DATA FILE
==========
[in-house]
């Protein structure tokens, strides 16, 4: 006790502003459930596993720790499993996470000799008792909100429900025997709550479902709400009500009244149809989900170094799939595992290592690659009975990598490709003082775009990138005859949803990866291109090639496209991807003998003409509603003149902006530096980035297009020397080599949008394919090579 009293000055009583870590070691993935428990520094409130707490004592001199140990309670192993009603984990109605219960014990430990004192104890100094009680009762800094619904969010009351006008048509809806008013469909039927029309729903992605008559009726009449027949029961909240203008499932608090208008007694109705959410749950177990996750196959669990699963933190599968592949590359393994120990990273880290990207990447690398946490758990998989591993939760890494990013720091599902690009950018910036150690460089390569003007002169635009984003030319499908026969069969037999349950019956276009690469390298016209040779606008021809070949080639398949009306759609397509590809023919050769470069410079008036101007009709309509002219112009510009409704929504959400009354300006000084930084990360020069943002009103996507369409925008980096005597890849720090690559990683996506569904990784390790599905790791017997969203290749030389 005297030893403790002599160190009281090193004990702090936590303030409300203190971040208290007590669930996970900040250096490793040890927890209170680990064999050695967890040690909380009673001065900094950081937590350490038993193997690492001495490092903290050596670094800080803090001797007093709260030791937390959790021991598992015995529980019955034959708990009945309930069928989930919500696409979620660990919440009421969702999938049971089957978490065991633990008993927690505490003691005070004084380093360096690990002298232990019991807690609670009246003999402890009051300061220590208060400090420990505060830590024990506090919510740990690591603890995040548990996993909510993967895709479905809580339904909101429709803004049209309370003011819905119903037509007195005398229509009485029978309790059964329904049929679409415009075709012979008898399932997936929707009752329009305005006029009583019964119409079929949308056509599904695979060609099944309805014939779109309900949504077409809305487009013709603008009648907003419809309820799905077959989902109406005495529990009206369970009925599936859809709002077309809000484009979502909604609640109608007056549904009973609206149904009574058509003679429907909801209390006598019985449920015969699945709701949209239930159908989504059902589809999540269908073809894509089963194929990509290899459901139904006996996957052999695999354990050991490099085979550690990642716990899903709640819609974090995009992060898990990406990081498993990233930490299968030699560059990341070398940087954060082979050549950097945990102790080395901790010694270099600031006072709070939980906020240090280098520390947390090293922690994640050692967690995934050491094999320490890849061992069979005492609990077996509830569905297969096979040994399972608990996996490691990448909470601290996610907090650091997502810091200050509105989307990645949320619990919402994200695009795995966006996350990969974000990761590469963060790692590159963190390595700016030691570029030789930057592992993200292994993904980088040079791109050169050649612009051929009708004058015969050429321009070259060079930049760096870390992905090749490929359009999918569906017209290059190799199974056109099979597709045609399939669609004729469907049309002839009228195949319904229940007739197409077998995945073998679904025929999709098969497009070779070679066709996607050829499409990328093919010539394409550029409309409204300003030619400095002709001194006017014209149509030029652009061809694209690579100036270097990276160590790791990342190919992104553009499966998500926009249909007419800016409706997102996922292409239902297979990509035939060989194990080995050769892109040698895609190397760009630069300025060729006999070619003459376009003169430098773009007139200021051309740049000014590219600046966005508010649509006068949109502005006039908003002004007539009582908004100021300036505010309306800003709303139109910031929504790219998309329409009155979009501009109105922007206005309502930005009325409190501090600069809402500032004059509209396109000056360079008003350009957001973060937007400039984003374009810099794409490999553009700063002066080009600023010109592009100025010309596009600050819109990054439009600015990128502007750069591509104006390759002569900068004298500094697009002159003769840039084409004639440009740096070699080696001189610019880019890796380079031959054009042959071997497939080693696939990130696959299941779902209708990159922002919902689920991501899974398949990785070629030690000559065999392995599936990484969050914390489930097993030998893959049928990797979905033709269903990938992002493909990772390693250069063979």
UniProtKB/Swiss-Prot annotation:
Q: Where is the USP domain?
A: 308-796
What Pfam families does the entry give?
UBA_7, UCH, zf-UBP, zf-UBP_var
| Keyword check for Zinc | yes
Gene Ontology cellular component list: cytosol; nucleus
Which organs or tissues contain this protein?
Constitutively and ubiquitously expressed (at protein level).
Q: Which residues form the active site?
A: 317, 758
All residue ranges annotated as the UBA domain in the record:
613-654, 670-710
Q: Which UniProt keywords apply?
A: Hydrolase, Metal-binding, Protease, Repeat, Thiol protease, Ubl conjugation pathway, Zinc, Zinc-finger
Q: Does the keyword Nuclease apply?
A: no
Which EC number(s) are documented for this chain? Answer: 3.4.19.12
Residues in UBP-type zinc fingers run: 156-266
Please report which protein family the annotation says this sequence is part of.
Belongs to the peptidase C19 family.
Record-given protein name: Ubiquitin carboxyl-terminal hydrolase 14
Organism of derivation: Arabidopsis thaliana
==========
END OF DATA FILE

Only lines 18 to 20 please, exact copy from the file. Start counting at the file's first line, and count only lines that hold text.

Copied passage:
Q: Does the keyword Nuclease apply?
A: no
Which EC number(s) are documented for this chain? Answer: 3.4.19.12